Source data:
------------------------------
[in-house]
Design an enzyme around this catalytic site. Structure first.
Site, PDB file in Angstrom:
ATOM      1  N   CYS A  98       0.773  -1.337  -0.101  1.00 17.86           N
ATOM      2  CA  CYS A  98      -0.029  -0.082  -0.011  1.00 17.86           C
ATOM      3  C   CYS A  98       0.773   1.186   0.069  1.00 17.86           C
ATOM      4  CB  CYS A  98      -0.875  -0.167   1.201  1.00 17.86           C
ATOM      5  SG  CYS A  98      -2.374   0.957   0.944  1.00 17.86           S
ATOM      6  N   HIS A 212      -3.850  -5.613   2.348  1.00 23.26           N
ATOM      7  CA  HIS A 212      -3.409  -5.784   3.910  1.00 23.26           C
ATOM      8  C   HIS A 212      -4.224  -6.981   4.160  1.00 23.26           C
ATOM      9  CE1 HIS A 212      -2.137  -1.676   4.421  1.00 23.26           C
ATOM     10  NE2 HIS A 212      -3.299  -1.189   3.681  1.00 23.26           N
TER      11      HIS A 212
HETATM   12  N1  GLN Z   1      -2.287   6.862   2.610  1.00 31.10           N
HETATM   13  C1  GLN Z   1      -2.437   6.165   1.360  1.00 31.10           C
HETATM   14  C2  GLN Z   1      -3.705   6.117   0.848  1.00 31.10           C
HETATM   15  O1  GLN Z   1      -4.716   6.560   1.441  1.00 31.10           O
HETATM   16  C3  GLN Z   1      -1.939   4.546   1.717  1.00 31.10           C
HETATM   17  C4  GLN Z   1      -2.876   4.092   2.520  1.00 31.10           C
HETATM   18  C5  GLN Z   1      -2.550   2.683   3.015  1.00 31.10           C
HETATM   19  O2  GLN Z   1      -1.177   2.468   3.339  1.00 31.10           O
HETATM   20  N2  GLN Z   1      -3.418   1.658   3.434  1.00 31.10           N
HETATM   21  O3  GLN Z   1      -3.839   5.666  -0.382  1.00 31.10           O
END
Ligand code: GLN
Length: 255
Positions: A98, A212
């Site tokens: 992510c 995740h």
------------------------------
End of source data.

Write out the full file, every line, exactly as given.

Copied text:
[in-house]
Design an enzyme around this catalytic site. Structure first.
Site, PDB file in Angstrom:
ATOM      1  N   CYS A  98       0.773  -1.337  -0.101  1.00 17.86           N
ATOM      2  CA  CYS A  98      -0.029  -0.082  -0.011  1.00 17.86           C
ATOM      3  C   CYS A  98       0.773   1.186   0.069  1.00 17.86           C
ATOM      4  CB  CYS A  98      -0.875  -0.167   1.201  1.00 17.86           C
ATOM      5  SG  CYS A  98      -2.374   0.957   0.944  1.00 17.86           S
ATOM      6  N   HIS A 212      -3.850  -5.613   2.348  1.00 23.26           N
ATOM      7  CA  HIS A 212      -3.409  -5.784   3.910  1.00 23.26           C
ATOM      8  C   HIS A 212      -4.224  -6.981   4.160  1.00 23.26           C
ATOM      9  CE1 HIS A 212      -2.137  -1.676   4.421  1.00 23.26           C
ATOM     10  NE2 HIS A 212      -3.299  -1.189   3.681  1.00 23.26           N
TER      11      HIS A 212
HETATM   12  N1  GLN Z   1      -2.287   6.862   2.610  1.00 31.10           N
HETATM   13  C1  GLN Z   1      -2.437   6.165   1.360  1.00 31.10           C
HETATM   14  C2  GLN Z   1      -3.705   6.117   0.848  1.00 31.10           C
HETATM   15  O1  GLN Z   1      -4.716   6.560   1.441  1.00 31.10           O
HETATM   16  C3  GLN Z   1      -1.939   4.546   1.717  1.00 31.10           C
HETATM   17  C4  GLN Z   1      -2.876   4.092   2.520  1.00 31.10           C
HETATM   18  C5  GLN Z   1      -2.550   2.683   3.015  1.00 31.10           C
HETATM   19  O2  GLN Z   1      -1.177   2.468   3.339  1.00 31.10           O
HETATM   20  N2  GLN Z   1      -3.418   1.658   3.434  1.00 31.10           N
HETATM   21  O3  GLN Z   1      -3.839   5.666  -0.382  1.00 31.10           O
END
Ligand code: GLN
Length: 255
Positions: A98, A212
């Site tokens: 992510c 995740h």